Instead of conforming to society’s skewed understanding of a girl’s worth — merely as a profit-and-loss venture — Men Care Groups in Agra, India, educate and equip men on the inherent value of women and girls. Members of this World Vision program also support one another in leading their families with empathy and encouragement, convincing other community members not to marry off their teenage daughters.

  1. Working toward a more open, inclusive, and fair world for people with disabilities by 2030.

Individuals with disabilities can face a lot of barriers — in their living environment, in the form of outdated laws and policies, and in the attitudes and prejudices of people in their community. But now five of the 17 Sustainable Development Goals created by the United Nations will address needs in sectors such as education, economic growth, employment, governance, and infrastructure. World Vision operates disability-specific programming as well as disability-inclusive programming around the world.

  1. Poverty eradication in Zambia.

The village of Moyo, Zambia, now knows only the prosperity. It knows about plenty. It knows about learning. It knows about sharing. And it knows it’s free to encourage its children to follow their dreams of being a chefs.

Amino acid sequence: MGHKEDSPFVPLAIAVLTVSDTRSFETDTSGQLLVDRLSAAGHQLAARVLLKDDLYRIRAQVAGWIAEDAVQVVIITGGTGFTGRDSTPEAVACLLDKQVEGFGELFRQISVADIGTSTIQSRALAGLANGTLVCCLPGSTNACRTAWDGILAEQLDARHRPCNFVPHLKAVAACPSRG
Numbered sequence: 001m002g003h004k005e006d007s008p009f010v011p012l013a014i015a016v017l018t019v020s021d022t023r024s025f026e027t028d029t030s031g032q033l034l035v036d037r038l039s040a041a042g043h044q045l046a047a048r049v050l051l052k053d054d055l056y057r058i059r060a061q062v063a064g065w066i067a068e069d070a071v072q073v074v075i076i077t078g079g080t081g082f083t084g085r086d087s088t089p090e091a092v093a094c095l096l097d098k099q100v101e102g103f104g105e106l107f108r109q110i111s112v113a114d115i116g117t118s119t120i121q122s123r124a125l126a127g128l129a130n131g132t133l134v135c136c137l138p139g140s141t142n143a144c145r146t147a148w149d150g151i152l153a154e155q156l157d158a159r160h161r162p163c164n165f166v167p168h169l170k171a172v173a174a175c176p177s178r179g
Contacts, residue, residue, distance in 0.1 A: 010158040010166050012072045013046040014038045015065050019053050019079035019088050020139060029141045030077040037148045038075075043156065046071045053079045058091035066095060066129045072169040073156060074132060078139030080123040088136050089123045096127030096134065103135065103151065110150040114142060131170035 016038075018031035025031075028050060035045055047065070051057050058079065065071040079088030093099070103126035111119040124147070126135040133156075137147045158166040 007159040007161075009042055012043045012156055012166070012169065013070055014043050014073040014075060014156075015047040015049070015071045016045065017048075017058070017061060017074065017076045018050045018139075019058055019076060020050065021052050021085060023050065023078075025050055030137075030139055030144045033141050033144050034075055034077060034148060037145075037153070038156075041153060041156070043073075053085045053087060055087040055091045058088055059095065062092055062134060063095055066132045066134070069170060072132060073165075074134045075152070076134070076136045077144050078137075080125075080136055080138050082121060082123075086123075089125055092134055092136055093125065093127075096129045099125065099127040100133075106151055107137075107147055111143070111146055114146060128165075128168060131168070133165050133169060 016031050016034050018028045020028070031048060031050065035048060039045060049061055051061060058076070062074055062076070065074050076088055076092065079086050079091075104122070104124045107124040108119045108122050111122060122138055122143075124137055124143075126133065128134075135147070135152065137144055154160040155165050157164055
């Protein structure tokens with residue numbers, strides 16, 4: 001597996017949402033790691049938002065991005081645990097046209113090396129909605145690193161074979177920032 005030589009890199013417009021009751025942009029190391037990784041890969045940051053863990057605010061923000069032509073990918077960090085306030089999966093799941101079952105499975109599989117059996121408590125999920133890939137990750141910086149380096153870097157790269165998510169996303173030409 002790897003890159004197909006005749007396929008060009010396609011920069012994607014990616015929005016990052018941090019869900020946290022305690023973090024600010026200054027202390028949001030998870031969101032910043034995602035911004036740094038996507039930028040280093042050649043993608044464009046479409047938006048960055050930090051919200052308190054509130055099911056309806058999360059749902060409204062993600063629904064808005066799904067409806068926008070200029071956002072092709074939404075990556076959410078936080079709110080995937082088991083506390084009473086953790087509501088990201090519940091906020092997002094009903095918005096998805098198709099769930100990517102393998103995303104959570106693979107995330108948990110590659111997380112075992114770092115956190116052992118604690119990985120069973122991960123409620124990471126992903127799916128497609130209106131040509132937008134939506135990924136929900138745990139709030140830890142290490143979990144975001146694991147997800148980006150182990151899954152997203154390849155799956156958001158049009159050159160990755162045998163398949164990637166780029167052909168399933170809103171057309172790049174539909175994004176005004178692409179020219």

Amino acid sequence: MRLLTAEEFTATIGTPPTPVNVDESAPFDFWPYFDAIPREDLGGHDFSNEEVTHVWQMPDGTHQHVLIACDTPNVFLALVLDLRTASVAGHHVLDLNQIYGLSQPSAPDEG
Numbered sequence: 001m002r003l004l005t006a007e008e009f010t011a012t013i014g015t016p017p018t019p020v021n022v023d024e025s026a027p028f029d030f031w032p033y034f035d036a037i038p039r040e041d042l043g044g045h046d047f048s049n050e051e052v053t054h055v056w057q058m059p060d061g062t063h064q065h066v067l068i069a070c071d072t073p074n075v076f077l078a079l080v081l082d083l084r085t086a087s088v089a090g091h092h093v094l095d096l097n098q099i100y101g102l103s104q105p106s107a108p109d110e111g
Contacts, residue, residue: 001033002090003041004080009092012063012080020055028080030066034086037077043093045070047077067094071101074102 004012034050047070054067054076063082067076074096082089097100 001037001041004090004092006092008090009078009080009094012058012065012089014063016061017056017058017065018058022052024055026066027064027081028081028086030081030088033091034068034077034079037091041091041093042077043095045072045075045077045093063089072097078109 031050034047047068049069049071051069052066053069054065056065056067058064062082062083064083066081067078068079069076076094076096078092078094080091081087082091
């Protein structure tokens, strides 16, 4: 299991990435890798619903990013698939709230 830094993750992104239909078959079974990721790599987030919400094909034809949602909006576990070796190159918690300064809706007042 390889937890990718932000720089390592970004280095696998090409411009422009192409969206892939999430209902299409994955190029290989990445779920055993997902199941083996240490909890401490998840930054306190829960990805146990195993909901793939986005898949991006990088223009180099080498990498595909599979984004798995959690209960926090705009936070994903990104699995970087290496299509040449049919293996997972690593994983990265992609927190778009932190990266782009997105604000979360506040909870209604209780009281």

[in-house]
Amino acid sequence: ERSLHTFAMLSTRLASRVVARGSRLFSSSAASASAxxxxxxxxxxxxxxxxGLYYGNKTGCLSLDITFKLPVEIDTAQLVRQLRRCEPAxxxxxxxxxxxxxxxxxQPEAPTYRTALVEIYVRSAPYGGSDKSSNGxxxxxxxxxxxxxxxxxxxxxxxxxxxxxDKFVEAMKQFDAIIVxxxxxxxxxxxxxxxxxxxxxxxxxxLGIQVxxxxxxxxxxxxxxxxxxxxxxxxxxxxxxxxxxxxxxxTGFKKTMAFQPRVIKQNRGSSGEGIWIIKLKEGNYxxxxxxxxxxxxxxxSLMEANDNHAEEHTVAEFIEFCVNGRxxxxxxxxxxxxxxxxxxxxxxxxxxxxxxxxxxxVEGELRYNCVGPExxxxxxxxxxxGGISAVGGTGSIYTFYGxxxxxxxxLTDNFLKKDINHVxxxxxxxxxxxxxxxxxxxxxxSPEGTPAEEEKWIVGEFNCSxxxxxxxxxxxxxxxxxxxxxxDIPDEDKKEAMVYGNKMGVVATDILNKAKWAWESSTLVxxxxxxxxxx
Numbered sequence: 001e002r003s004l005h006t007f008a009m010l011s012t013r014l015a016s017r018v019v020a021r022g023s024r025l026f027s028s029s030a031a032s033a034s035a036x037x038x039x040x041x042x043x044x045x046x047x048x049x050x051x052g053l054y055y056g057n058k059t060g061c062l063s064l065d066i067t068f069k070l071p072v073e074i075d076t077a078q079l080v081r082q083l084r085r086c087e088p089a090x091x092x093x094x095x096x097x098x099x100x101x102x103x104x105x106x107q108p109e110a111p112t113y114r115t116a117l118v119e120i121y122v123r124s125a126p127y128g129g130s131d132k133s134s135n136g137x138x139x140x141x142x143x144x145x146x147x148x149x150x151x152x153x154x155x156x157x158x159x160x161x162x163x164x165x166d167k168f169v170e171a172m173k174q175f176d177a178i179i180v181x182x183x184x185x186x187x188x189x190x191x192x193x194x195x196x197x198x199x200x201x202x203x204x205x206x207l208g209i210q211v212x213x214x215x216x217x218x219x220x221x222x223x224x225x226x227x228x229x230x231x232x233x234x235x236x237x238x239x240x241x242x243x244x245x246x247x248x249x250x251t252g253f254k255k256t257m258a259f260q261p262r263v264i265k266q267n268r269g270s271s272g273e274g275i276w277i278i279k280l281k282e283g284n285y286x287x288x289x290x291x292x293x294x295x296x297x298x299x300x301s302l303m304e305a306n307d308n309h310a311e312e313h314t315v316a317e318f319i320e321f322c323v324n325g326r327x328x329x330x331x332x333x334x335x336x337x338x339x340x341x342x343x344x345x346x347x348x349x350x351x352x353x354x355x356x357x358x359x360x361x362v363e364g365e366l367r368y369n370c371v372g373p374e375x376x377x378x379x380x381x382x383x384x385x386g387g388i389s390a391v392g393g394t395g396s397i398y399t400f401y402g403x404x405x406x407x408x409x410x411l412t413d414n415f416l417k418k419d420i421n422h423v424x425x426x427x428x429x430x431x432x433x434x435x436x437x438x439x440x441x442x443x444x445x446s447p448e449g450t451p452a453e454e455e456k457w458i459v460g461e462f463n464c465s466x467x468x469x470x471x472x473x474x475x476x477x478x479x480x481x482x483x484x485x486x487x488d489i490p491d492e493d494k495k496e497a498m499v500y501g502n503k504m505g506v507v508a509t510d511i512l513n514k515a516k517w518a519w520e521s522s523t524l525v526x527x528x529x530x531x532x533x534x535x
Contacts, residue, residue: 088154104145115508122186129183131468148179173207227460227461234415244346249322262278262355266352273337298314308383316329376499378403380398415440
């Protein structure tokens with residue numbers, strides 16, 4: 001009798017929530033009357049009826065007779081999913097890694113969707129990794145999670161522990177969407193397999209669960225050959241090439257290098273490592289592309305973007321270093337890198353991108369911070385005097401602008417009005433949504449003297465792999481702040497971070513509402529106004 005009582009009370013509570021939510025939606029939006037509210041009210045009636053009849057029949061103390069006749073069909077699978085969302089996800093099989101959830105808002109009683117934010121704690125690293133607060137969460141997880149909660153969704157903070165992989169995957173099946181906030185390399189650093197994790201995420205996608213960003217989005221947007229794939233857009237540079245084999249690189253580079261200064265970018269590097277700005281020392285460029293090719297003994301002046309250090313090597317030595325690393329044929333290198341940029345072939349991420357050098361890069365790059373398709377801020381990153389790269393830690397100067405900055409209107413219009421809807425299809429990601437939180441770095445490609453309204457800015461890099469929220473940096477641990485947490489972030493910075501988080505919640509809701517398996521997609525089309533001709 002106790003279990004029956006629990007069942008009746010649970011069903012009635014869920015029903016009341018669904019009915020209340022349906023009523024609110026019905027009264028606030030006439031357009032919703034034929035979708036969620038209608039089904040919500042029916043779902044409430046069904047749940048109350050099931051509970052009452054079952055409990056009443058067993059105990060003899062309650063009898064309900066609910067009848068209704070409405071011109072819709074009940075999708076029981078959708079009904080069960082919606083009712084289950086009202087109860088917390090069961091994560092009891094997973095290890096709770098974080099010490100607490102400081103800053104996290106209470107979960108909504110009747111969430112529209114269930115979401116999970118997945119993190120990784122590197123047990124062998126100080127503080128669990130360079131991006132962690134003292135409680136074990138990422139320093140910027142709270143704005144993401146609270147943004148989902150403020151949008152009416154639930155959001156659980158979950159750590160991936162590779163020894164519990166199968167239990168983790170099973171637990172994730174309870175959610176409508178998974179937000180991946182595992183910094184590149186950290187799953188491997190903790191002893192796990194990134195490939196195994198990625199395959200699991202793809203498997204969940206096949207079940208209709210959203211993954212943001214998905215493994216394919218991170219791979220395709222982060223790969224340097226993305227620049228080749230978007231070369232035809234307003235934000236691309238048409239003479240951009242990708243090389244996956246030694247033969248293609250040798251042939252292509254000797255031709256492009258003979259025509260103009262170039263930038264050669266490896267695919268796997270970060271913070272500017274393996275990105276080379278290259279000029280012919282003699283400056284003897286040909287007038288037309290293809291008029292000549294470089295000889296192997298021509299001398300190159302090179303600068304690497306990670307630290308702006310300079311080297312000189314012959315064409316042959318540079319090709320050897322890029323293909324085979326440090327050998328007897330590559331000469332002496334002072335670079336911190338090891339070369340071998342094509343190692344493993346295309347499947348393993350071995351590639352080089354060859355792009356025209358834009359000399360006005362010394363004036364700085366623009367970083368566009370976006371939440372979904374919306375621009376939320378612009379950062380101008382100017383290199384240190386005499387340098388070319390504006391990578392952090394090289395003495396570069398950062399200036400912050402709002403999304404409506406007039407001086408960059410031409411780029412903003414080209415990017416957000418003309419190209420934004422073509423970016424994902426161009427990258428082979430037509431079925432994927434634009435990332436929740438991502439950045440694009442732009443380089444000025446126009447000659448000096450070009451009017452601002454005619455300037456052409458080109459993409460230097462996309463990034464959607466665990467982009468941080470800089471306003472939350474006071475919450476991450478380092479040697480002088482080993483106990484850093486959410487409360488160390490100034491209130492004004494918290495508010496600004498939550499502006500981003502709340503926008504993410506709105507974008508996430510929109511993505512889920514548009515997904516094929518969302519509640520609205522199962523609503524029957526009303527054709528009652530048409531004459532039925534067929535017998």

1. Innovative technology is transforming remote communities around the world.

 Mobile technology and other innovations allow humanitarian organizations to work better and smarter, improving efficiencies so more resources can help people in poverty and communities in crisis. The Global Alliance for Humanitarian Innovation and Global Humanitarian Data Center were also launched at the first-ever World Humanitarian Summit in May 2016.

  1. Uganda combats Fistula complications.

After her baby died last year during a home birth that resulted in complications from obstetric fistula, 21-year-old Jennifer would only pray outside church. She felt she couldn’t step inside for fear of losing control of her bladder. In September, World Vision Uganda brought surgeons specializing in fistula to Jennifer’s community. Her surgery was successful. The Sunday afterward, Jennifer was back at church — this time inside.

  1. The standard for a basic education has changed from simply attending school to ensuring students can read, write, and do basic math.

World Vision’s programs prioritize equitable access for all and measurable learning outcomes, so we can ensure children have the education they deserve — and a solid start to reach their God-given potential. And with one in four children living in a country grappling with humanitarian crises, we are providing education along the continuum from disaster relief to development.

  1. Moms around the world are tapping into their vast potential.

With help from World Vision, moms around the world are raising harvesting, and preparing food to make their children healthy and their communities more prosperous. We’re equipping them with the economic tools and training they need to build a brighter financial future.

SOURCE: World Vision